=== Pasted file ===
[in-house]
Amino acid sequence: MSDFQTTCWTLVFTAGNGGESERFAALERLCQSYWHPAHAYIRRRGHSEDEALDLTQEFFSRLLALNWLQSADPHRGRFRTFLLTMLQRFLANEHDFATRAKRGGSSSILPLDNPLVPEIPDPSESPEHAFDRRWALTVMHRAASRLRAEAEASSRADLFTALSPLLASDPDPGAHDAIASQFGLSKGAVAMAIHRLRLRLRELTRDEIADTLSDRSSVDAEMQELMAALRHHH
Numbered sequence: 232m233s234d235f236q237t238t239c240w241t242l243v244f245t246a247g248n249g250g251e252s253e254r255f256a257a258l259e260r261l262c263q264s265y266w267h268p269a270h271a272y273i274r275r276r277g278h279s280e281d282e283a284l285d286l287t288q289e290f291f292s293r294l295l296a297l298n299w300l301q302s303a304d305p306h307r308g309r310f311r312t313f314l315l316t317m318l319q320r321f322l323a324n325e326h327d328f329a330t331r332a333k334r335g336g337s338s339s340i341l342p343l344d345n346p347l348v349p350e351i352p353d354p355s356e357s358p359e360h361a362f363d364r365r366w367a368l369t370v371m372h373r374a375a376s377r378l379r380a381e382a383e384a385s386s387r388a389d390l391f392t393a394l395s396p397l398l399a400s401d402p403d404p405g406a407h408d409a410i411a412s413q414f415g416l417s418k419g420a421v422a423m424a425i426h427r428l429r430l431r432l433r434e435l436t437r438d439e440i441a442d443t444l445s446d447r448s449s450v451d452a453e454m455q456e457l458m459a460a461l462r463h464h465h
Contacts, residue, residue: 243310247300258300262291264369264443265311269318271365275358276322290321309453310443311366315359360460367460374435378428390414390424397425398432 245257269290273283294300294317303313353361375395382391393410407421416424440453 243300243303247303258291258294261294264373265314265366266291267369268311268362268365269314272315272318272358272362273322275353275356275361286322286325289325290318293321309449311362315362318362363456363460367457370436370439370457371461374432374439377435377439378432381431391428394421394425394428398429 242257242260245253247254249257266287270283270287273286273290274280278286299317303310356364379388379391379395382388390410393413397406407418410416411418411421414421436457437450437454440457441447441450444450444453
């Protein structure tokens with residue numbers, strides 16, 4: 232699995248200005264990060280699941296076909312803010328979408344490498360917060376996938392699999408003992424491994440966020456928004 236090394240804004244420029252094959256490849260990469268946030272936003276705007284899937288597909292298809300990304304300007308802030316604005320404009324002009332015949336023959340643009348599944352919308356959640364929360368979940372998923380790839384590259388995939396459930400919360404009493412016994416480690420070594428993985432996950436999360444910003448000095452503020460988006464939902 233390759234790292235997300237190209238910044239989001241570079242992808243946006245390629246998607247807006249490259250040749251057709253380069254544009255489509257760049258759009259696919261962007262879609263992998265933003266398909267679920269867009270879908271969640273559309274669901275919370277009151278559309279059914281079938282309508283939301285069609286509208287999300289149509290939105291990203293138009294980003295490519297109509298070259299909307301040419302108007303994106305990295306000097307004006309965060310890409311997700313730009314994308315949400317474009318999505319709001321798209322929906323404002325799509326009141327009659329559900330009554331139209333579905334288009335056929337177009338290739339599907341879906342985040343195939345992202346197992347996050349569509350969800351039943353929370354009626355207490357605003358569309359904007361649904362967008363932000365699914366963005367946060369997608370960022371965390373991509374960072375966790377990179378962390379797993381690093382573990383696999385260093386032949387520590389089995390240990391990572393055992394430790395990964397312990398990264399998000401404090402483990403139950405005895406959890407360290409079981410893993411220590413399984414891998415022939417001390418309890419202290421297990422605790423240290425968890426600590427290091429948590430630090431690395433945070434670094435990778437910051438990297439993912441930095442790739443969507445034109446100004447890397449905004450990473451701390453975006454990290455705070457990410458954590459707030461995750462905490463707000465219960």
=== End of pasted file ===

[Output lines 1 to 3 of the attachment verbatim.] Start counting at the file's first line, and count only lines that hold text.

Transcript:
[in-house]
Amino acid sequence: MSDFQTTCWTLVFTAGNGGESERFAALERLCQSYWHPAHAYIRRRGHSEDEALDLTQEFFSRLLALNWLQSADPHRGRFRTFLLTMLQRFLANEHDFATRAKRGGSSSILPLDNPLVPEIPDPSESPEHAFDRRWALTVMHRAASRLRAEAEASSRADLFTALSPLLASDPDPGAHDAIASQFGLSKGAVAMAIHRLRLRLRELTRDEIADTLSDRSSVDAEMQELMAALRHHH
Numbered sequence: 232m233s234d235f236q237t238t239c240w241t242l243v244f245t246a247g248n249g250g251e252s253e254r255f256a257a258l259e260r261l262c263q264s265y266w267h268p269a270h271a272y273i274r275r276r277g278h279s280e281d282e283a284l285d286l287t288q289e290f291f292s293r294l295l296a297l298n299w300l301q302s303a304d305p306h307r308g309r310f311r312t313f314l315l316t317m318l319q320r321f322l323a324n325e326h327d328f329a330t331r332a333k334r335g336g337s338s339s340i341l342p343l344d345n346p347l348v349p350e351i352p353d354p355s356e357s358p359e360h361a362f363d364r365r366w367a368l369t370v371m372h373r374a375a376s377r378l379r380a381e382a383e384a385s386s387r388a389d390l391f392t393a394l395s396p397l398l399a400s401d402p403d404p405g406a407h408d409a410i411a412s413q414f415g416l417s418k419g420a421v422a423m424a425i426h427r428l429r430l431r432l433r434e435l436t437r438d439e440i441a442d443t444l445s446d447r448s449s450v451d452a453e454m455q456e457l458m459a460a461l462r463h464h465h